I hated that. It made the kids aware life wasn’t normal when I couldn’t sit and eat properly with them, so I kept pretending I’d already eaten.

As a result I ended up so constipated I had to go to hospital, and again Sarah took it in her stride, gently suggesting I remember I’d been warned that might be a side effect when I was tempted not to eat.

I really snapped at her, telling her I wasn’t a child, she didn’t have cancer and didn’t know what it was like to go through the humiliation of something like constipation. She didn’t snap back – just said she understood and made me feel like a total pig.

When things started looking more hopeful I couldn’t believe it. My consultant told me nine months ago I was cancer-free, and Sarah and I both cried.

We left the children with my sister and went away for a weekend together, planning to walk and relax. It was strange now that my illness was over because it felt like we’d spent the previous 18 months obsessed with it.

I couldn’t relax and I couldn’t sleep properly. On the Sunday, I got up at 5am and went for a long walk by myself, really enjoying the feeling of striding out without being exhausted in minutes.

What I actually want is not to live with Sarah any more

When I reached the beach I stood and watched the sunrise, thoughts of my family and our lives going through my mind. I was 43 and it felt like I’d been given a new life.

I know that’s common if you’ve been very ill, but gradually I realised something I’d been struggling to admit to myself for months.

At first I thought I wanted to be alone and get some peace and quiet after all the treatment and hospital appointments, as well as everyone worrying about me.

Then I realised that’s not quite true, and what I actually want is not to live with Sarah any more.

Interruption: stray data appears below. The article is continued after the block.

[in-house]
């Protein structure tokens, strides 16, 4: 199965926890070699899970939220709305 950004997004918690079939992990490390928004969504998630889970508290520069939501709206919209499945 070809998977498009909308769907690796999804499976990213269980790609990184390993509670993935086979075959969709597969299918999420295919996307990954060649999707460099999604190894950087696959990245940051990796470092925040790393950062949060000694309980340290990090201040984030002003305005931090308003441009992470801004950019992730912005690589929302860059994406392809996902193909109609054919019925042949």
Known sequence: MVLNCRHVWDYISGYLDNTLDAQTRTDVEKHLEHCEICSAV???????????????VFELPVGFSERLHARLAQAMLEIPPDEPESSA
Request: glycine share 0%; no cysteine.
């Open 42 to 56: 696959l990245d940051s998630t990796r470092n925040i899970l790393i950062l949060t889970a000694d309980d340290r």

I don’t know why. Maybe my feelings changed over all those months when she was more like my nurse or mother rather than my wife. Perhaps I would have felt like this at some point in our relationship anyway.

I haven’t met anyone else and I’m not out there looking for someone, though maybe in time that could happen. I just know for sure I don’t want to be with Sarah, though I’d like to be friends with her for the sake of the boys.

I kept hoping Sarah would be the one to suggest we separate but that didn’t happen

Our sex life had been pretty much on hold for months but after that weekend it disappeared for good. I kept hoping Sarah would be the one to suggest we separate, but it didn’t happen.

I started getting picky and critical and trying to push her away, but she said that was due to the stress I’d been through and was sweetly reasonable about it all.

The boys shouldn’t be living in a tense atmosphere so I’m going to be kind, but I’ve set myself a deadline of two years. I’m not sure yet how I’ll do it but I’ll be out of this marriage by the time I’m 45.

It’s a cliché that life’s too short, but it’s true. My aim now is to get past this part of it and start again, causing as little pain as I can.

All names have been changed.